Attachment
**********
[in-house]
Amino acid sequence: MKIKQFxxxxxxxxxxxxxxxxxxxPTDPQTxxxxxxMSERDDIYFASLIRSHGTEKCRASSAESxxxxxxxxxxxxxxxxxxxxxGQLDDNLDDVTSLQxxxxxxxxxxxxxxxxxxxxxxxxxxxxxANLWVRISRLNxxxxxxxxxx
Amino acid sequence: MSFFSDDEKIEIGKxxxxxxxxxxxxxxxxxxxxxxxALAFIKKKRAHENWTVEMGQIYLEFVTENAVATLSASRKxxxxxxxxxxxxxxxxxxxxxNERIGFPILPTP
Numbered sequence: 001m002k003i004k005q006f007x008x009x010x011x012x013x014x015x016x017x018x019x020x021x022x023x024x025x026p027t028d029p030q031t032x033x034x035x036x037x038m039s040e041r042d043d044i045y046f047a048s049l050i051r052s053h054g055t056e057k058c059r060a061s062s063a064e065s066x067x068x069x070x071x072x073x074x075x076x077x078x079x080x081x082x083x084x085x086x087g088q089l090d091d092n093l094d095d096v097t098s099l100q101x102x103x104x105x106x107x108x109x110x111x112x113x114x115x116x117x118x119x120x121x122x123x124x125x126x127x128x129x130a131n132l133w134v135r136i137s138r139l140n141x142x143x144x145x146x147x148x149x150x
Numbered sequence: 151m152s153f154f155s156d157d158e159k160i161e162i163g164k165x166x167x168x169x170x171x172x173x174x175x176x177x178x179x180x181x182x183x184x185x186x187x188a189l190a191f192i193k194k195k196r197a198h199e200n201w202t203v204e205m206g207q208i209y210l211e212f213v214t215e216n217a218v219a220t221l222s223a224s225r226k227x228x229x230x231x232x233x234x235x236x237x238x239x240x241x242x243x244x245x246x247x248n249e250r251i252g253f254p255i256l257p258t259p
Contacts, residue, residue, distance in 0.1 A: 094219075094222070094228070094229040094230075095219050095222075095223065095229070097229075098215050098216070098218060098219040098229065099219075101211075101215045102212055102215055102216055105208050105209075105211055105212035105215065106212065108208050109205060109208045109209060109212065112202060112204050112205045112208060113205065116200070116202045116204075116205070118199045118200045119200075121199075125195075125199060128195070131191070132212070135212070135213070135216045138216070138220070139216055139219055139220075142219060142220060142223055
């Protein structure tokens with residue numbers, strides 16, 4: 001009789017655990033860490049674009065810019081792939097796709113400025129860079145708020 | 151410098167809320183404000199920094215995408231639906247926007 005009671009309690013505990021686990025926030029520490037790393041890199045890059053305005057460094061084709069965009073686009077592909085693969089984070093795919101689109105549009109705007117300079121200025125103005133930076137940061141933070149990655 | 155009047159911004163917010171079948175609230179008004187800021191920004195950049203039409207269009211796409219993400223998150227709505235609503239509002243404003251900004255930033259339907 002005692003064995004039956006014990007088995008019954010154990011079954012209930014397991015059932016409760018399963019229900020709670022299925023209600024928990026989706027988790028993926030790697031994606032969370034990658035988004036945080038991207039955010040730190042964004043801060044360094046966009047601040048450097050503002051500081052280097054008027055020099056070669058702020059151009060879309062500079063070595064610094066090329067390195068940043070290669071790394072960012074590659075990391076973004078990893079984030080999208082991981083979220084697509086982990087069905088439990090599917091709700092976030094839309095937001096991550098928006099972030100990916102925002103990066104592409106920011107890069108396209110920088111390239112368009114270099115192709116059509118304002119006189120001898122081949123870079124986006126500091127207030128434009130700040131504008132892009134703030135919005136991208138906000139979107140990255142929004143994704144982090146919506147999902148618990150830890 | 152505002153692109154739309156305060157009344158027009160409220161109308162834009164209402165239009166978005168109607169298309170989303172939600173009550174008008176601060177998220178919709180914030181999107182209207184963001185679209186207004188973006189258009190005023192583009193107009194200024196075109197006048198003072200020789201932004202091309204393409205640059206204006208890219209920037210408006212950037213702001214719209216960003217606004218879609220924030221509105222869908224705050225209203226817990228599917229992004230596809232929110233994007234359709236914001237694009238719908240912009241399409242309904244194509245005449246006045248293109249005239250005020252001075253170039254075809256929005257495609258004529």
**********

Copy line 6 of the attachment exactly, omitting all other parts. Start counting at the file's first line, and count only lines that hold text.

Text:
Contacts, residue, residue, distance in 0.1 A: 094219075094222070094228070094229040094230075095219050095222075095223065095229070097229075098215050098216070098218060098219040098229065099219075101211075101215045102212055102215055102216055105208050105209075105211055105212035105215065106212065108208050109205060109208045109209060109212065112202060112204050112205045112208060113205065116200070116202045116204075116205070118199045118200045119200075121199075125195075125199060128195070131191070132212070135212070135213070135216045138216070138220070139216055139219055139220075142219060142220060142223055